The trend for smaller sized beer bottles is growing, with many companies switching to 7 oz/250 ml containers. Federal regulations still require the use of a 12 oz bottle, but companies are allowed to use a 7 oz bottle and then fill it with 10.5-11 oz worth of beer (depending on the specific gravity).

These small-sized bottles are perfect for on-the-go drinkers and those who want a more affordable night out  on the town. You can get more beer for a lower price, and with less of an ABV buzz (if that’s what you’re after). However, this trend isn’t just great news for drinkers; it also helps brewers because they are making more money on each bottle due to its increased sales volume, and also saves them money on production costs because there is less glass and packaging material needed per unit sold.

Drinking alcohol responsibly can be done by drinking less alcohol over an extended period of time rather than consuming larger quantities at once, which is what binge drinking is, and also the opposite of what a session beer should be. A “session beer” (or, sometimes called a pint) is a type of  beer that can be consumed in larger quantities during a day without getting you drunk or putting you over your daily alcohol limit.

The lower ABV beers are lower in calories as well, so they’re better for dieters and those watching their weight, or those trying to stay sober until later that evening. Many people mistakenly believe that liquor is less caloric than beer because they have higher concentrations of alcohol per volume unit; however, either one has more calories than water, but usually equal numbers when compared with each other as most liquors come in at 40-45% ABV. The high calories in beer come from its sugars, while the alcohol content does increase your metabolism but only enough to burn off half of what you drink. To avoid adding extra calories, try switching some beers for low-calorie drinks like dry wines and spirits mixed with diet or seltzer waters (which are great alternatives to juice if you can’t have alcohol).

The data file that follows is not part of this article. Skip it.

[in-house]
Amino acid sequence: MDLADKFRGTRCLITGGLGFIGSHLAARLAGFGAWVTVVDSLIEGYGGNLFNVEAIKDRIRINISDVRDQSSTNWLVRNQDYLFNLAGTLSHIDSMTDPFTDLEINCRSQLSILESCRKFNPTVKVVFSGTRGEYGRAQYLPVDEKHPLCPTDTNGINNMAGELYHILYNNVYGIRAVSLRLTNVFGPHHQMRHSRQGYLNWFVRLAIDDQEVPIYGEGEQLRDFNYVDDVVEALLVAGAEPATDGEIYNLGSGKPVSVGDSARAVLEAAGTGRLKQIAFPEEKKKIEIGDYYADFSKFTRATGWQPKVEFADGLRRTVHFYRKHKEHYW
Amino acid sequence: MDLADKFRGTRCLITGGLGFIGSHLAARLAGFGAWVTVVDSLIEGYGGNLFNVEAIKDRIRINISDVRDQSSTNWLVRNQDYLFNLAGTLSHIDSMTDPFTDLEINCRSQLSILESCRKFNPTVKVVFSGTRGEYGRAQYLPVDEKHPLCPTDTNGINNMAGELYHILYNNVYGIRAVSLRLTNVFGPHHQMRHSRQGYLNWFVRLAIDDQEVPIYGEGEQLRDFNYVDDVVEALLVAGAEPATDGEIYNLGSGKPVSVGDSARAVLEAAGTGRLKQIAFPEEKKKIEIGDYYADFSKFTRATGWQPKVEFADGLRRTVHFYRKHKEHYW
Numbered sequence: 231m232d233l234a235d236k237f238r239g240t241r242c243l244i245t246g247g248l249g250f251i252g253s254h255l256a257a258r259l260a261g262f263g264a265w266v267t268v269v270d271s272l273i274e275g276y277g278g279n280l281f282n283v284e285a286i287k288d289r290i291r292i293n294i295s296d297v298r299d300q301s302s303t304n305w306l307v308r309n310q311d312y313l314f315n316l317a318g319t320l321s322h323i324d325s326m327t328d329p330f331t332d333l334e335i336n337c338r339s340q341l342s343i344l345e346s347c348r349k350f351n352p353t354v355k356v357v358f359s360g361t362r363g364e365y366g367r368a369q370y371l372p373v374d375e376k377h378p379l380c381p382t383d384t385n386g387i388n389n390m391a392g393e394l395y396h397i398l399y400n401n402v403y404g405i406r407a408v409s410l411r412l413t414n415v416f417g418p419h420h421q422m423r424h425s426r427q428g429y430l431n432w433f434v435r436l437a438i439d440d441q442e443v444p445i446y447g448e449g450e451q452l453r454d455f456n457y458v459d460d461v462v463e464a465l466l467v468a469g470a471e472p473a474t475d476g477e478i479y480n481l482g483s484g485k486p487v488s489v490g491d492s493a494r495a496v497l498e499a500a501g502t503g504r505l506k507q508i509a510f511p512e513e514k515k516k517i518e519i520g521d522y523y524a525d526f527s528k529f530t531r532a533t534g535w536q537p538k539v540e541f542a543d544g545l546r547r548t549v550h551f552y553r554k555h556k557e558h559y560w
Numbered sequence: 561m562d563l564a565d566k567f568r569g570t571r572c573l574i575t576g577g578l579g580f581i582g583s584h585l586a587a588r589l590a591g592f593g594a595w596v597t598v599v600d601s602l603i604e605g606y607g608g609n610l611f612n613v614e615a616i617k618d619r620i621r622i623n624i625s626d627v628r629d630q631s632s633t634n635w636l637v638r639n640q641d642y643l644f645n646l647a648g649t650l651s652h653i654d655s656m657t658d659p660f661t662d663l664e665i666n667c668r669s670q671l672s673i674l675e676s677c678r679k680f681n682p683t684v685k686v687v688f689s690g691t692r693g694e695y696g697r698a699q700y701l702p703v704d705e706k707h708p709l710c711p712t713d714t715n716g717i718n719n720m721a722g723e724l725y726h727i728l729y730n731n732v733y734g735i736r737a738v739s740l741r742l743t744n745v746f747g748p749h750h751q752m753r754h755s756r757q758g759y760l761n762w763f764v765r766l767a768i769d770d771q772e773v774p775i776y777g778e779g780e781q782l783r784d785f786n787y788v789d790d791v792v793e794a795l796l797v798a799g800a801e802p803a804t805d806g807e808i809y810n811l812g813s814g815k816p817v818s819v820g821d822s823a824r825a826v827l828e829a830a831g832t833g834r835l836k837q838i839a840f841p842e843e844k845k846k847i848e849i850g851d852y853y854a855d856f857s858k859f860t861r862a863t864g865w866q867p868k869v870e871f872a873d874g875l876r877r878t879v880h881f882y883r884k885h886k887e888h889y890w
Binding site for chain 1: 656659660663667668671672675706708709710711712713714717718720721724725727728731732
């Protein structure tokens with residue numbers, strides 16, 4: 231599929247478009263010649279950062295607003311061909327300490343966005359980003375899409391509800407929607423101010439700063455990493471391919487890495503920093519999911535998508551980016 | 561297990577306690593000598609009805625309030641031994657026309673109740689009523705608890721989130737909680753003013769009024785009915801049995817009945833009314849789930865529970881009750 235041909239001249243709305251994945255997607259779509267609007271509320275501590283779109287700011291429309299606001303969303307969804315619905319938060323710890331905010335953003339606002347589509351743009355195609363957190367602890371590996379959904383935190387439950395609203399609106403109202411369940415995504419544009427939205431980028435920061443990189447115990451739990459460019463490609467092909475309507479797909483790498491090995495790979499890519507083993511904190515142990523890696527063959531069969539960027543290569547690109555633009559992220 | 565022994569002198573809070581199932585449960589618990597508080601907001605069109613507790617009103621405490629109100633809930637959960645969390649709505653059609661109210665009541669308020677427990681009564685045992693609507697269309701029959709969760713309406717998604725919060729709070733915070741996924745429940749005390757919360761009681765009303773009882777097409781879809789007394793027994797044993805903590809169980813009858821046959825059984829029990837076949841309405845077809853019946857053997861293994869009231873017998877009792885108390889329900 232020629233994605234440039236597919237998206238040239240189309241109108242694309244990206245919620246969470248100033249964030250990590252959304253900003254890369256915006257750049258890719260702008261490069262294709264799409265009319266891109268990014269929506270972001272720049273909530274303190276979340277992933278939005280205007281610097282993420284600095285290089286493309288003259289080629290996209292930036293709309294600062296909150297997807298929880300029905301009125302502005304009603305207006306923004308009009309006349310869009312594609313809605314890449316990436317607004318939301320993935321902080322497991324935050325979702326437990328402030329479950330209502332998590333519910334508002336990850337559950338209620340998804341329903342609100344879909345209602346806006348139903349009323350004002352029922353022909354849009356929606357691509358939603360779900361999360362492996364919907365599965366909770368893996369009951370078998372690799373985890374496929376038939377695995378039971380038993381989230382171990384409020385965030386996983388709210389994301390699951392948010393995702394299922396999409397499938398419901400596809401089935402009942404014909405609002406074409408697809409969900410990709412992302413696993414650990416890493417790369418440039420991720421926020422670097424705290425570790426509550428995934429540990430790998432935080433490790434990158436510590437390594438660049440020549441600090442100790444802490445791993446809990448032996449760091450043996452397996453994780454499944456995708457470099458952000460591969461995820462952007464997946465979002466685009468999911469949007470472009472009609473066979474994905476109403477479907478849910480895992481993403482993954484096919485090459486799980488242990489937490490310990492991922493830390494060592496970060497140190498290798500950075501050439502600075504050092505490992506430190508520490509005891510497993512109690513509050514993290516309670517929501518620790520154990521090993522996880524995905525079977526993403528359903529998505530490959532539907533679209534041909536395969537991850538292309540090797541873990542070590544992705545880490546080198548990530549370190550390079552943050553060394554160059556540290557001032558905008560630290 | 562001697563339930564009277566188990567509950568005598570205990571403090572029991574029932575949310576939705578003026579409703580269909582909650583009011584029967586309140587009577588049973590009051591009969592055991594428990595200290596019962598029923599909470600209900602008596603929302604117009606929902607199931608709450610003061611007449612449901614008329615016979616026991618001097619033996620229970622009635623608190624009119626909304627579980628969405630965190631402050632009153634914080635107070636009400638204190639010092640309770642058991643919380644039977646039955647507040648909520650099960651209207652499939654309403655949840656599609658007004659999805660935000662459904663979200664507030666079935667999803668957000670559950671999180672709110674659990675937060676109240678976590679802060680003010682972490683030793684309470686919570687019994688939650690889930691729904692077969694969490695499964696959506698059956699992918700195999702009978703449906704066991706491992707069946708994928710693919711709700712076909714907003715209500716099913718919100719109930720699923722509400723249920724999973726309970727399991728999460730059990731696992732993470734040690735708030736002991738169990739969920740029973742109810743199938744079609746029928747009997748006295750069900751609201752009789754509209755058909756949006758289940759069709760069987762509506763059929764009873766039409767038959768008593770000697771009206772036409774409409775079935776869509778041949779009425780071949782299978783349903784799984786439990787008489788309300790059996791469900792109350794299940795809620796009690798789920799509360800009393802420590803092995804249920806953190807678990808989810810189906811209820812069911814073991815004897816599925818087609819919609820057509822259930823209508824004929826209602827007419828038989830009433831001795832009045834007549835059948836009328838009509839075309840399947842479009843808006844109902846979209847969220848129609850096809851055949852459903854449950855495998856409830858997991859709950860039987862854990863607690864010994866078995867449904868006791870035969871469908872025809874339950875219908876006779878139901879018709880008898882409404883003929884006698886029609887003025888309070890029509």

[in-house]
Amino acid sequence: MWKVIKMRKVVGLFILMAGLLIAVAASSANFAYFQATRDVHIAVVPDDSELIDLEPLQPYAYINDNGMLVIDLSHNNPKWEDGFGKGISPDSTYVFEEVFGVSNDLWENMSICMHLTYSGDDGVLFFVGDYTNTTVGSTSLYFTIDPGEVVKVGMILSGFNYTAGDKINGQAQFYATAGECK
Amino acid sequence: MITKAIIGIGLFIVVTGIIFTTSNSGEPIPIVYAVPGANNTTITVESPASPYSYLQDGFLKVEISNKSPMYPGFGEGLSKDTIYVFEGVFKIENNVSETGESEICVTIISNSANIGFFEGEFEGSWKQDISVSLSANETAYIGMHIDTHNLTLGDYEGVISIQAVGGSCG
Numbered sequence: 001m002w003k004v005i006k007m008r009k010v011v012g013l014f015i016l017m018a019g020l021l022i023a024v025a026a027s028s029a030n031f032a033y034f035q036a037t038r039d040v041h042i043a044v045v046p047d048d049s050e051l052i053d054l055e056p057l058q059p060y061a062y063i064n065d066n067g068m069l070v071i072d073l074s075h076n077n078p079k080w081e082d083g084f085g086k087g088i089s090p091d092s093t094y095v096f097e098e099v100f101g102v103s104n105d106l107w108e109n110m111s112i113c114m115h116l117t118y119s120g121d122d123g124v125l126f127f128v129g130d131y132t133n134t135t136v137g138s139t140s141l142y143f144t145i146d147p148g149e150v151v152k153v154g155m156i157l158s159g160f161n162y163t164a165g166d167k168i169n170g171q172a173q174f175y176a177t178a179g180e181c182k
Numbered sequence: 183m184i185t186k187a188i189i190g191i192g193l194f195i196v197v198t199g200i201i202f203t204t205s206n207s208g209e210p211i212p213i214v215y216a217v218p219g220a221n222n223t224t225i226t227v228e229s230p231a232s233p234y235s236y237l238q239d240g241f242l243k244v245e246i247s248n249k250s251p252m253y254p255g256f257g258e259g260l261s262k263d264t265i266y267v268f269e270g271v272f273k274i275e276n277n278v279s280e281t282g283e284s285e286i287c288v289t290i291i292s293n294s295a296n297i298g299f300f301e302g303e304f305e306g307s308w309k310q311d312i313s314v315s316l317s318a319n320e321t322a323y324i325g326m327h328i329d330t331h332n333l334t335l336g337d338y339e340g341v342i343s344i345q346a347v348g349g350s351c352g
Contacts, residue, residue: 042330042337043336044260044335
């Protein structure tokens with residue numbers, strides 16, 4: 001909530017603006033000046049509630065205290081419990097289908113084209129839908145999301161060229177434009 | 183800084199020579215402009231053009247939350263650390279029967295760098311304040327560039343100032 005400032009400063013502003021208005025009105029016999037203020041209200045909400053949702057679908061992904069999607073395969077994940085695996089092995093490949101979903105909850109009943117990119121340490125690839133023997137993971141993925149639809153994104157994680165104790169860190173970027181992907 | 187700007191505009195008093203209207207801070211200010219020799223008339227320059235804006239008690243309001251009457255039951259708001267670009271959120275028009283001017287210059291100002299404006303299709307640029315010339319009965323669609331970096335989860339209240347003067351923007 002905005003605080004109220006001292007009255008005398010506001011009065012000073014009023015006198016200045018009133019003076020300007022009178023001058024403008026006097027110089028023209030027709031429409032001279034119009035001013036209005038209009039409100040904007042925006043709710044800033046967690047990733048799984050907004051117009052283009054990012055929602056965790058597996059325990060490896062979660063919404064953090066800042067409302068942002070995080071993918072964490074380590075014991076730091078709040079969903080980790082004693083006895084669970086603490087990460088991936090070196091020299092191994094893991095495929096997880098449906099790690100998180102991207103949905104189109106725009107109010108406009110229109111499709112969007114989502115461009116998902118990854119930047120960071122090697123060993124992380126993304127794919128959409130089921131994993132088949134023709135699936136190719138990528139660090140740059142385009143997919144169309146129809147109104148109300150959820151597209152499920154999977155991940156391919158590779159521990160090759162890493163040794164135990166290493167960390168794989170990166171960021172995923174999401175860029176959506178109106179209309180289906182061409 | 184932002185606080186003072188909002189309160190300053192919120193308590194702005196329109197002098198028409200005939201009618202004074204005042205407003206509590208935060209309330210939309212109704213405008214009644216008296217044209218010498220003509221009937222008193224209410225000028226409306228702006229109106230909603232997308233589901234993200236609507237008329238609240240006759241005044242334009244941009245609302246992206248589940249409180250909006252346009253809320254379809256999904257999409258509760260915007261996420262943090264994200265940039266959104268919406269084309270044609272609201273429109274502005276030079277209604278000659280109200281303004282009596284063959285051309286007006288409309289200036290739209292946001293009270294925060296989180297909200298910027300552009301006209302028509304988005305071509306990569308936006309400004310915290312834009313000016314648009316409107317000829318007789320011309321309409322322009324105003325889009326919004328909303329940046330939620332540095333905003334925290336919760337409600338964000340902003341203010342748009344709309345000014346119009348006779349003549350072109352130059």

A recent study found that people who drink these smaller beers have lower blood pressure levels and better heart health than those who drink regular size cans or bottles. This is due to their high levels of electrolytic minerals like potassium and magnesium being better than drinking water alone (or other non-alcoholic beverages) in regards to cardiovascular health.

The most popular style of beer in Germany is the pilsner, which accounts for over 50% of all beers made there, followed by lager at 35% and wheat beer around 9%. In fact, some breweries are only known for producing a certain type or two of these types; many German breweries that make wheat beer sell it under different names depending on the strength and alcohol content (i.e., dunkelweizen/starkbier weizen).

This article will explore how this new trend has impacted the beer industry as well as some tips on how you can make it work for you! I’ll also cover the top six session beers for the U.S., in no specific ranked order.

Session beer are a great way to stay on track with your drinking habits, too! If you like to drink several beers during your typical weekend or evening out at a bar or club, consider switching over to a lighter version of it that gives you more bang (in alcohol content and flavor) per bottle/can since this will cause you to drink less overall leading to lower-calorie intake and fewer hangovers. Beer can be used as part of your healthy lifestyle and dieting plan if you pick either one that has low calories but high flavor content if so desired; we’ve already seen how it helps prevent cardiovascular disease, and now we see it can enable a healthier lifestyle too.

FAQS

WHAT DOES THE SIZE COMMUNICATE?

WHAT DOES THE SIZE COMMUNICATE?
WHAT DOES THE SIZE COMMUNICATE?

 

Apart from the most popular standard sizes (330 ml / 250 ml in Europe and 12 oz in the US), there are other options that you would like to consider depending on the trend you are trying to follow: 

TO SHARE: 22 OZ / 750 ML

The 22-ounce bottle (650 ml), or the so-called bomber, is an innovative and strategic container size. This share-size bottle is one of the brewer’s favorites for the distribution of special products or limited runs. The 22 ounces are a contemporary alternative to that bottle of wine that you plan to take to the next dinner with friends.

The 750 ml bottle offers many of the comforts of the 22-ounce bomber, but in a volume that looks more like the bottles of spirits. This format is a true size to share and promote friendship and camaraderie. In addition to these popular sizes for sharing, trends are emerging that drive new capacity options.